It happens. People who don't really want kids end up becoming parents anyway. Photographer Phillip Toledano is one of those people. "I liked [kids] in an abstract sense," he writes, "in the same way that exercise seems appealing, but in practice, utterly tedious." When his wife Carla became pregnant he says he was "neither ready nor vastly enthused." (Oh Carla, I'm so sorry...) He documented his daughter Loulou's first two years -- and his experience as a father -- in his blog, The Reluctant Father, now a beautiful book by the same name. And guess what? What started out as "misery" -- yes, he uses that word, misery -- eventually turned into joy.
Well thank goodness for that! Jeebus, what a relief for Carla and Loulou. Don't get me wrong. I know parenthood is different for everyone, and we need to tell all kind of stories about parenthood and celebrate transformation and ambivalence and diversity and bla bla BLAH! But man, forget Phillip Toledano's misery. How about the misery of the woman married to him? That must have been hard for her.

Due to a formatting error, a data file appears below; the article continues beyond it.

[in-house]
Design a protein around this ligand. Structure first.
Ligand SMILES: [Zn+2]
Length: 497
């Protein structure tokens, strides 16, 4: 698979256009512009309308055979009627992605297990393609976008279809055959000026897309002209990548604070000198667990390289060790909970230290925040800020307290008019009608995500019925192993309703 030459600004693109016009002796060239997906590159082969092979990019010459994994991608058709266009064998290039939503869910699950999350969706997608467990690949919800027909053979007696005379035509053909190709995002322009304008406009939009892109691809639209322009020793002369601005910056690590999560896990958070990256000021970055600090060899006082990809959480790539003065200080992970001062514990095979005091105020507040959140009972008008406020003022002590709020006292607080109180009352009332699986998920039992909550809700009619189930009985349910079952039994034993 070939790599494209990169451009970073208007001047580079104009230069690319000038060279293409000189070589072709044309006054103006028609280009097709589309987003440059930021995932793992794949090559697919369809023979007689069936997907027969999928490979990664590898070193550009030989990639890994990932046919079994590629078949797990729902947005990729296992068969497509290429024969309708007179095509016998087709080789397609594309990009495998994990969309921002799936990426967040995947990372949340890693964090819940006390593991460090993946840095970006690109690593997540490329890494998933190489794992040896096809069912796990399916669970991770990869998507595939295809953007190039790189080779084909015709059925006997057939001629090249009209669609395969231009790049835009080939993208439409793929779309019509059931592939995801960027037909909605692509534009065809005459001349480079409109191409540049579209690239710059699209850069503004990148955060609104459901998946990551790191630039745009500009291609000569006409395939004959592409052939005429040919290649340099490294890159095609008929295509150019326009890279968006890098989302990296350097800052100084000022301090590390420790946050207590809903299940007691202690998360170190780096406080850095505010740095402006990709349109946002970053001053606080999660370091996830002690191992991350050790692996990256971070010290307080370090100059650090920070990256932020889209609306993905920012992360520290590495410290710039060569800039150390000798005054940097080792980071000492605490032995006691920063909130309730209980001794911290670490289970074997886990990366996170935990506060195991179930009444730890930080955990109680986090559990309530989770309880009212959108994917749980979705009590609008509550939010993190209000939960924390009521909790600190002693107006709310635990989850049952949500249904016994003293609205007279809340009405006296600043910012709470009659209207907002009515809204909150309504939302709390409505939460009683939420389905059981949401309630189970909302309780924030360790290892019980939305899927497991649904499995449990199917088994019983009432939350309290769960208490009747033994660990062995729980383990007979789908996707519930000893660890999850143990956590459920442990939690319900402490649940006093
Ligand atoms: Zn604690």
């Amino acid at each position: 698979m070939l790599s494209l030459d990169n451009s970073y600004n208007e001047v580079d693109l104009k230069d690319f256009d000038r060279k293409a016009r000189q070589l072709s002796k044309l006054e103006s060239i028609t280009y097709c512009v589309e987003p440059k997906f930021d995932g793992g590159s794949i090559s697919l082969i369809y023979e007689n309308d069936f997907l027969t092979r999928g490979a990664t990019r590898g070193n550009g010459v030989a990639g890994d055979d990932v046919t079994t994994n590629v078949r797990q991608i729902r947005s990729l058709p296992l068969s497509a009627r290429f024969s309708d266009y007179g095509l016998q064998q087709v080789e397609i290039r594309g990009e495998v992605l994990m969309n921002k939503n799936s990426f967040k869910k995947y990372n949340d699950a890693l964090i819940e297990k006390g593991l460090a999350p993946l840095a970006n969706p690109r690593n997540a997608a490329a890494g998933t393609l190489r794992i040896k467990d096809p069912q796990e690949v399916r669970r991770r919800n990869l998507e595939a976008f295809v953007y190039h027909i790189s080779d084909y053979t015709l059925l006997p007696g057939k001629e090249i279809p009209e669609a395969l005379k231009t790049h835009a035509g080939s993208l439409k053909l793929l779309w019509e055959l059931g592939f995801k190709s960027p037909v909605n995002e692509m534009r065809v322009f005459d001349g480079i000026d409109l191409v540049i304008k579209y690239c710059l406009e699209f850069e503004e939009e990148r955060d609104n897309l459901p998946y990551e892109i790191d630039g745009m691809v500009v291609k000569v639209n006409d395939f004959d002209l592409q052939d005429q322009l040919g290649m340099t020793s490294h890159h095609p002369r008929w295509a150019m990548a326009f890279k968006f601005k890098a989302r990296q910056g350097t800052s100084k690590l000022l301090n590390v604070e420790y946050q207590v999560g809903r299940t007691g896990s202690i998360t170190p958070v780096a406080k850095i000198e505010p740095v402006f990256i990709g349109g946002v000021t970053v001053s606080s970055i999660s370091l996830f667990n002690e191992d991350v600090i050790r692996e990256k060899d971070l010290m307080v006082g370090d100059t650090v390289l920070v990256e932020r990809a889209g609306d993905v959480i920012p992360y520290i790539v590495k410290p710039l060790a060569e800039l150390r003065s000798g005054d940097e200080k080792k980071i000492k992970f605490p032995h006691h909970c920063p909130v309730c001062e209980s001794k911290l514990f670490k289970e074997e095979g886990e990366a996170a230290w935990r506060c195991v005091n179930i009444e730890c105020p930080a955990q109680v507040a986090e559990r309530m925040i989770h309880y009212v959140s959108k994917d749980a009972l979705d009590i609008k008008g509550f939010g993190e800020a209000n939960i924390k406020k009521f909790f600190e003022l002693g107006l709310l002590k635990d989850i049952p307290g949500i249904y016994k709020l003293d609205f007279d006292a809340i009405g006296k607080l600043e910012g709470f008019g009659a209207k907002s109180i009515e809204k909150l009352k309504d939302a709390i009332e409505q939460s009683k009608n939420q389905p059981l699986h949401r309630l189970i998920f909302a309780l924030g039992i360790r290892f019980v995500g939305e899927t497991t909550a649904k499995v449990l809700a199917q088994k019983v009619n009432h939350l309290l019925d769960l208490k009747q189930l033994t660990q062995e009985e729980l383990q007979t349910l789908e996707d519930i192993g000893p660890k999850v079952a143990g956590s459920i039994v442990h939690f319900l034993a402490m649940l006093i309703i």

Well fortunately she gets the last word in the book -- as she well deserves! Carla describes how she married Phil for the way he fought conformity, because he wasn't like all the other guys. But after she had the baby, "I was desperate for him to join the ranks of smiling Stepford dads."
It’s ironic that I am writing the afterword to this book because our first year as parents was especially difficult and I would never have imagined showcasing that to the world. Both stubborn, we took our sides of light and dark to surreal extremes; mine spent in a world of suger coated baby-talk, his in a dungeon of screaming and excrement.
I don’t really know when we found the bridge but we did. And now I can laugh at the past in technicolor amnesia.
You can't always tell how parenthood is going to "take." Some women fall into post-partum depression, and that's terribly hard for the father. I think the important thing is that you work it out between the two of you, lovingly and sportively, always accepting that your emotions as a parent are what they are.
You can read the whole story in The Reluctant Father -- all of Phil's thoughts, the way the "sea sponge" robbed him of his beautiful, exciting life partner.
Are you in a marriage or partnership where one of you was reluctant to become a parent?
Image via Amazon.com